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on a national scale,” he says. “I didn’t really have to look far beyond what we had already successfully built under our own brokerage to find the answers.” CIMBC’s initial objectives were clear, Bargis says: Each member broker had to maintain their true independence and lone brand recognition, with no interference in any way on each member’s operations. Not charging monthly network or franchise fees was also a critical point for Bargis, who wanted to prioritize “direct, unfettered access to lender partners” and a focus on increasing the productivity and profitability of broker partners and agents. It’s an approach that has served the organization well.

selves going through a transformation in a good way as our industry continues to grow,” he says, “and I applaud their efforts and approach of embracing industry stakeholders for their input and feedback.” Of course, underlying those positive changes has been a market infused with an unprecedented level of unpredictability and volatility. While Bargis believes there may be some bumps in the road ahead, he sounds an optimistic note on any economic repercussions that Canadians might face. “The one cautionary point I’ll make is that there may well be a market correction to an unknown extent as a result of the imminent rate hikes in an effort to curb the

“If there’s any concern about the resilience of the broker industry, rest assured it’s here to stay for the foreseeable future” “We’re very pleased with our growth and progress since our formation,” he says. “Although CIMBC has grown to north of 90 member broker partners nationally with over $12 billion in originations, we have a great five-year plan in place that continues to evolve for the benefit of the feet on the street, first and foremost.”

The future of brokering Coming down the line, Bargis foresees an increase in new lenders entering the market, as well as the continued growth of technology “in a positive way as it relates to the origination process and quality.” On the regulatory front, Bargis points to positive changes that have taken place, describing them as “welcome and encouraging” developments in helping push the industry forward and continuing to professionalize the broker channel. “The jurisdictional governments are them-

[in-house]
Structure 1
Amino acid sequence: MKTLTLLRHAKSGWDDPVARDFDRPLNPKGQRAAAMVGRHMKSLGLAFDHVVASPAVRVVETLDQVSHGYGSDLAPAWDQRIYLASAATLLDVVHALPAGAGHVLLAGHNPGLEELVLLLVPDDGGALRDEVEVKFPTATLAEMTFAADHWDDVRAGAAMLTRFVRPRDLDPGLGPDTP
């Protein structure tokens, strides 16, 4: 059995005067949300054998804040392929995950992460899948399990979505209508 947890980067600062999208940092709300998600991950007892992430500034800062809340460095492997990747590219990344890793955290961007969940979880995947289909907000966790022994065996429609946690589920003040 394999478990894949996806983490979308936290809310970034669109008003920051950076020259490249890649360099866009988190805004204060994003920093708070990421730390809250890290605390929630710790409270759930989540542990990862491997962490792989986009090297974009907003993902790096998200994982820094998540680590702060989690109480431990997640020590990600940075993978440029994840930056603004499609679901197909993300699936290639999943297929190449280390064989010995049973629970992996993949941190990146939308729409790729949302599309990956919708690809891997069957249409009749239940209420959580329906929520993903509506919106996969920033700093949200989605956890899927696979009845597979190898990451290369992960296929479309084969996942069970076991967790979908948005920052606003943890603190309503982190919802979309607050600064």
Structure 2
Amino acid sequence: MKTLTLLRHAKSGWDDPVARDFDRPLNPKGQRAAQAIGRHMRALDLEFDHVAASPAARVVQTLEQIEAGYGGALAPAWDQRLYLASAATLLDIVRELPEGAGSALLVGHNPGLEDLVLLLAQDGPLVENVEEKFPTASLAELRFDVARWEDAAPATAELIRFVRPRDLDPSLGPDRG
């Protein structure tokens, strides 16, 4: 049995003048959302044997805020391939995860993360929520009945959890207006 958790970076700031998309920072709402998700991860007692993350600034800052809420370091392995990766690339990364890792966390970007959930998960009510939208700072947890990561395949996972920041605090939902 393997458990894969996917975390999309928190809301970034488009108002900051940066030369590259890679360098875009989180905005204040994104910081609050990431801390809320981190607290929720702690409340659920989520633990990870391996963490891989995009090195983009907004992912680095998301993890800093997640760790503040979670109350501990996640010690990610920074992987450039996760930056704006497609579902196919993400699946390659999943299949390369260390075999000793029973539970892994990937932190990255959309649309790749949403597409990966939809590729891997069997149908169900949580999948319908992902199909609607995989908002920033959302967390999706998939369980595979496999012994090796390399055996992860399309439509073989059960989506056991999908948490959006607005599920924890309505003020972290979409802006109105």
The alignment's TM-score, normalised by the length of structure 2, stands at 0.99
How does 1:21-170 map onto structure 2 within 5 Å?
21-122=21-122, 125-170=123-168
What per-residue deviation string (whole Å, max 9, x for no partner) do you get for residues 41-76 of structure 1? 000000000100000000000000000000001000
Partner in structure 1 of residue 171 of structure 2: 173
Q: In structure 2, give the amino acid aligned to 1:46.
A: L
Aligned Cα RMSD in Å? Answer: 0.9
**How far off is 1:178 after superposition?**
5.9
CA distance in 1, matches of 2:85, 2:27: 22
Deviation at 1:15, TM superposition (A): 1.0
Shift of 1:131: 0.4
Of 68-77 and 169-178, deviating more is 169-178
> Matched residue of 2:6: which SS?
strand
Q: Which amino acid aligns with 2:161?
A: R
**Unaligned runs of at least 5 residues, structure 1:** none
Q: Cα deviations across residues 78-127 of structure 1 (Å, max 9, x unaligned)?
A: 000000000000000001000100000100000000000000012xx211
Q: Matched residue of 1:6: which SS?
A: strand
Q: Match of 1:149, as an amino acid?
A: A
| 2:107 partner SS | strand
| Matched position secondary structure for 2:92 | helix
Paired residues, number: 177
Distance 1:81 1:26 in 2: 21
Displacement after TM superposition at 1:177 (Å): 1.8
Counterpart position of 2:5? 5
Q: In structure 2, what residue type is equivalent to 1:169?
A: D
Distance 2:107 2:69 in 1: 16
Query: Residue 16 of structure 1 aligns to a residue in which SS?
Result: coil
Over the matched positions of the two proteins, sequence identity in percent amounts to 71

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not-so-transitory inflationary pressures,” he says. “The good news is that record savings resulted from the pandemic, which may well serve as a support mechanism to shore up any unforeseen financial challenges for many Canadians.” It’s little surprise that Bargis is so bullish on the future of the mortgage market and the broker channel, given that he’s had the opportunity to witness the profound transformation of the industry throughout his lengthy career. The changes he’s seen since starting his journey in the mortgage industry have been “nothing short of positive,” Bargis says. The share of mortgages orchestrated by brokers has risen significantly in recent years – particularly since the onset of the COVID-19 pandemic – and that growth appears likely to continue in the coming years. “If there’s any concern about the resilience of the broker industry,” he says, “rest assured it’s here to stay for the foreseeable future.”

JOHN BARGIS’ CAREER HIGHLIGHTS

2000

Helps establish Invis

2002

Starts independent brokerage Mortgage Edge

2014

Founds the Coalition of Independent Mortgage Brokers of Canada

2019

Is named to CMP ’s Mortgage Global 100 list for the first time

2020

Is inducted into the CMP Hall of Fame

www.mpamag.com/ca

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